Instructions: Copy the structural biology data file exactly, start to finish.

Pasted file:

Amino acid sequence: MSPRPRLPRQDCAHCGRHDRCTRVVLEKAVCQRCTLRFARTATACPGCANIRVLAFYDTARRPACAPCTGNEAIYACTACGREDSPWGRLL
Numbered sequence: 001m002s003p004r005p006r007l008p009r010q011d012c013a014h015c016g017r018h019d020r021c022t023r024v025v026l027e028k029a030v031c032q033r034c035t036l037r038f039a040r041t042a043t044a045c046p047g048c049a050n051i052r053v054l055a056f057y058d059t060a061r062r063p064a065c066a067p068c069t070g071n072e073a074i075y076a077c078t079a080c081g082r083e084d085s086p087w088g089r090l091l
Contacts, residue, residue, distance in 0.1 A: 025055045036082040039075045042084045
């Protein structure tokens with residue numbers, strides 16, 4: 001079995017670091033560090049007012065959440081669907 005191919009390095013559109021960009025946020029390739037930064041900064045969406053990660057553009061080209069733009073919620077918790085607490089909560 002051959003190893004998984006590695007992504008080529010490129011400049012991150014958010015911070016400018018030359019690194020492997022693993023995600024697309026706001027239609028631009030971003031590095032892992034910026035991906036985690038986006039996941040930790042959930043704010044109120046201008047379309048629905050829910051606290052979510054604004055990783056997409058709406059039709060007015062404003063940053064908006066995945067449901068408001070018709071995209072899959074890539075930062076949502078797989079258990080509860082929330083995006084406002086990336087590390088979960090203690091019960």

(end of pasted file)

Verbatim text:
Amino acid sequence: MSPRPRLPRQDCAHCGRHDRCTRVVLEKAVCQRCTLRFARTATACPGCANIRVLAFYDTARRPACAPCTGNEAIYACTACGREDSPWGRLL
Numbered sequence: 001m002s003p004r005p006r007l008p009r010q011d012c013a014h015c016g017r018h019d020r021c022t023r024v025v026l027e028k029a030v031c032q033r034c035t036l037r038f039a040r041t042a043t044a045c046p047g048c049a050n051i052r053v054l055a056f057y058d059t060a061r062r063p064a065c066a067p068c069t070g071n072e073a074i075y076a077c078t079a080c081g082r083e084d085s086p087w088g089r090l091l
Contacts, residue, residue, distance in 0.1 A: 025055045036082040039075045042084045
């Protein structure tokens with residue numbers, strides 16, 4: 001079995017670091033560090049007012065959440081669907 005191919009390095013559109021960009025946020029390739037930064041900064045969406053990660057553009061080209069733009073919620077918790085607490089909560 002051959003190893004998984006590695007992504008080529010490129011400049012991150014958010015911070016400018018030359019690194020492997022693993023995600024697309026706001027239609028631009030971003031590095032892992034910026035991906036985690038986006039996941040930790042959930043704010044109120046201008047379309048629905050829910051606290052979510054604004055990783056997409058709406059039709060007015062404003063940053064908006066995945067449901068408001070018709071995209072899959074890539075930062076949502078797989079258990080509860082929330083995006084406002086990336087590390088979960090203690091019960």